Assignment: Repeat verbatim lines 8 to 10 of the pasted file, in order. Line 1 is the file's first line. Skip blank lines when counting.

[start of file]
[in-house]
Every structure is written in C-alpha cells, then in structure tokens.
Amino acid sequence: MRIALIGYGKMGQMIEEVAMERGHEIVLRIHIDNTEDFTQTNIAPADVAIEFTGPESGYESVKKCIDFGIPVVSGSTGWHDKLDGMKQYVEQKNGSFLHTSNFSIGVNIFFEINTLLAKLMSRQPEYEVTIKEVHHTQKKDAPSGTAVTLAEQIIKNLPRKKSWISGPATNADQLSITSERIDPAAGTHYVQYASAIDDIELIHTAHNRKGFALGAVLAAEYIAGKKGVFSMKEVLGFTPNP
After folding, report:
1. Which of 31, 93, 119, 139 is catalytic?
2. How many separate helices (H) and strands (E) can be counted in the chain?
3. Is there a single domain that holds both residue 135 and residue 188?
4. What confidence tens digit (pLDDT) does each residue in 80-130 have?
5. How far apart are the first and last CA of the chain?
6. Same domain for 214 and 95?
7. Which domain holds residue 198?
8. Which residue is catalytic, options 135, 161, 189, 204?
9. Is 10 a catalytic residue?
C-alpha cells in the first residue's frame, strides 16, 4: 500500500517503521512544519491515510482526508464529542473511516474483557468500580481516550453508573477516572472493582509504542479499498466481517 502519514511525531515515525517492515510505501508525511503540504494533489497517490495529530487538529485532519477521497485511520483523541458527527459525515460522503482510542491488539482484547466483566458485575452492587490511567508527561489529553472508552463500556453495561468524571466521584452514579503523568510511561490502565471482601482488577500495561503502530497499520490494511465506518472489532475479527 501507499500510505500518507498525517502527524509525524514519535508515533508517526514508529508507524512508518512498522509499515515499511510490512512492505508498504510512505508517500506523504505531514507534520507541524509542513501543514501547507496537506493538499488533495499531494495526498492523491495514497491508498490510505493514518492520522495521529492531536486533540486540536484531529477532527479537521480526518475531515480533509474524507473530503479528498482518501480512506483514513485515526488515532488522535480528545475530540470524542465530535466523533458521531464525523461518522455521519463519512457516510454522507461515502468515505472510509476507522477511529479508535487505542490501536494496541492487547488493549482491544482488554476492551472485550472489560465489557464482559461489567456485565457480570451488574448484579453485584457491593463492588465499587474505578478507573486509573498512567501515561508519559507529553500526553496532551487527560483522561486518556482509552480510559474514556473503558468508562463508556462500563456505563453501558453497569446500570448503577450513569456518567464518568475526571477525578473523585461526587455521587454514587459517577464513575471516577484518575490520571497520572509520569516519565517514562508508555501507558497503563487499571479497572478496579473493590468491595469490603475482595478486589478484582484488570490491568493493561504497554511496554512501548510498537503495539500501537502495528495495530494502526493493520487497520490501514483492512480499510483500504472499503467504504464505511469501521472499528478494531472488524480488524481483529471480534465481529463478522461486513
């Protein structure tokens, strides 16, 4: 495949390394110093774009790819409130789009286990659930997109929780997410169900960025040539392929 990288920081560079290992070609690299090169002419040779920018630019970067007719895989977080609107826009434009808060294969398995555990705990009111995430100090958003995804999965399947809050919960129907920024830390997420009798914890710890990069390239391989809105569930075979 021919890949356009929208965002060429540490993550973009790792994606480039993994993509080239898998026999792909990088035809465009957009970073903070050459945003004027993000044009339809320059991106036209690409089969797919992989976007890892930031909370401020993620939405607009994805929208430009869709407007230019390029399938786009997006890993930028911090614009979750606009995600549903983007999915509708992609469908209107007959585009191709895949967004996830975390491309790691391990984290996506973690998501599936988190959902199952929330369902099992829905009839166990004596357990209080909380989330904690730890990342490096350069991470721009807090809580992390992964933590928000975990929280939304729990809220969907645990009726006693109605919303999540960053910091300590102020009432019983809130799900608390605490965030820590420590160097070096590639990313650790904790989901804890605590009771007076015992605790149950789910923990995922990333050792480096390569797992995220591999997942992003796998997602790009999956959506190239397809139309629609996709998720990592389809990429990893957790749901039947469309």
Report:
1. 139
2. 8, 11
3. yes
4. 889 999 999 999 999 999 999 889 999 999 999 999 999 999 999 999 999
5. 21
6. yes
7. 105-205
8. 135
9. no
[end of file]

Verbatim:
4. What confidence tens digit (pLDDT) does each residue in 80-130 have?
5. How far apart are the first and last CA of the chain?
6. Same domain for 214 and 95?